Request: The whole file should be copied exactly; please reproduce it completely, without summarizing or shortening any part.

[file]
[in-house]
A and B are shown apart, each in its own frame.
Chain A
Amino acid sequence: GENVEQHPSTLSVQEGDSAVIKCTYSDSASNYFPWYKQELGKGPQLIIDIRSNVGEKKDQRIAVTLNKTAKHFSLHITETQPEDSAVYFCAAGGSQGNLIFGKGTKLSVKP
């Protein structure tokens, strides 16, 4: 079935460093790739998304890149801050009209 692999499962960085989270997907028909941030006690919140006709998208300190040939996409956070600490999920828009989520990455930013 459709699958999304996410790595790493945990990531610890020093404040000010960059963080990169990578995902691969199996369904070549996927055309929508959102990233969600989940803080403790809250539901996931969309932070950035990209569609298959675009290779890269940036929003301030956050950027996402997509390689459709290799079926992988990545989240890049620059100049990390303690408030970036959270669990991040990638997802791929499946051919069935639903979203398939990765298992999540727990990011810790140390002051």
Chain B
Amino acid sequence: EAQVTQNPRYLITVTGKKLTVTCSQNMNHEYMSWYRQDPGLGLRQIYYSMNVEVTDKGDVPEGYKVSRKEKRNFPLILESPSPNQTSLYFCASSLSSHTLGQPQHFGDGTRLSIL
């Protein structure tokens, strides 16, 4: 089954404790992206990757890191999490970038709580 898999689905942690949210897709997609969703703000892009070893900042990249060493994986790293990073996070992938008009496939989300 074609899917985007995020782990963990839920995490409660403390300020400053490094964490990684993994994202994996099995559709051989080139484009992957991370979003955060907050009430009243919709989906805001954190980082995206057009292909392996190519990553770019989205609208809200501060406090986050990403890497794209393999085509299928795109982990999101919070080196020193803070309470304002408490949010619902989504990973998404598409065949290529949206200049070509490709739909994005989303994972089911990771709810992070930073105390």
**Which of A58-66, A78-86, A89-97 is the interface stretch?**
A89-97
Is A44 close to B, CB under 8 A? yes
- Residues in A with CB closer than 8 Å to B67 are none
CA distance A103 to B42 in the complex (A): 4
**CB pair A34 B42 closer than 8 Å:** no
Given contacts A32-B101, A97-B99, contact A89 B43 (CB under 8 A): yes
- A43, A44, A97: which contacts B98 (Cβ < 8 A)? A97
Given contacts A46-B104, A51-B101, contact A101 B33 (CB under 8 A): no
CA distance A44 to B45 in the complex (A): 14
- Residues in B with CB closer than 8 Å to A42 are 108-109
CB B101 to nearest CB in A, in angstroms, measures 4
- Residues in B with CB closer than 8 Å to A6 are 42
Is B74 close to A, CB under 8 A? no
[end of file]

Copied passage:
[in-house]
A and B are shown apart, each in its own frame.
Chain A
Amino acid sequence: GENVEQHPSTLSVQEGDSAVIKCTYSDSASNYFPWYKQELGKGPQLIIDIRSNVGEKKDQRIAVTLNKTAKHFSLHITETQPEDSAVYFCAAGGSQGNLIFGKGTKLSVKP
């Protein structure tokens, strides 16, 4: 079935460093790739998304890149801050009209 692999499962960085989270997907028909941030006690919140006709998208300190040939996409956070600490999920828009989520990455930013 459709699958999304996410790595790493945990990531610890020093404040000010960059963080990169990578995902691969199996369904070549996927055309929508959102990233969600989940803080403790809250539901996931969309932070950035990209569609298959675009290779890269940036929003301030956050950027996402997509390689459709290799079926992988990545989240890049620059100049990390303690408030970036959270669990991040990638997802791929499946051919069935639903979203398939990765298992999540727990990011810790140390002051």
Chain B
Amino acid sequence: EAQVTQNPRYLITVTGKKLTVTCSQNMNHEYMSWYRQDPGLGLRQIYYSMNVEVTDKGDVPEGYKVSRKEKRNFPLILESPSPNQTSLYFCASSLSSHTLGQPQHFGDGTRLSIL
């Protein structure tokens, strides 16, 4: 089954404790992206990757890191999490970038709580 898999689905942690949210897709997609969703703000892009070893900042990249060493994986790293990073996070992938008009496939989300 074609899917985007995020782990963990839920995490409660403390300020400053490094964490990684993994994202994996099995559709051989080139484009992957991370979003955060907050009430009243919709989906805001954190980082995206057009292909392996190519990553770019989205609208809200501060406090986050990403890497794209393999085509299928795109982990999101919070080196020193803070309470304002408490949010619902989504990973998404598409065949290529949206200049070509490709739909994005989303994972089911990771709810992070930073105390």
**Which of A58-66, A78-86, A89-97 is the interface stretch?**
A89-97
Is A44 close to B, CB under 8 A? yes
- Residues in A with CB closer than 8 Å to B67 are none
CA distance A103 to B42 in the complex (A): 4
**CB pair A34 B42 closer than 8 Å:** no
Given contacts A32-B101, A97-B99, contact A89 B43 (CB under 8 A): yes
- A43, A44, A97: which contacts B98 (Cβ < 8 A)? A97
Given contacts A46-B104, A51-B101, contact A101 B33 (CB under 8 A): no
CA distance A44 to B45 in the complex (A): 14
- Residues in B with CB closer than 8 Å to A42 are 108-109
CB B101 to nearest CB in A, in angstroms, measures 4
- Residues in B with CB closer than 8 Å to A6 are 42
Is B74 close to A, CB under 8 A? no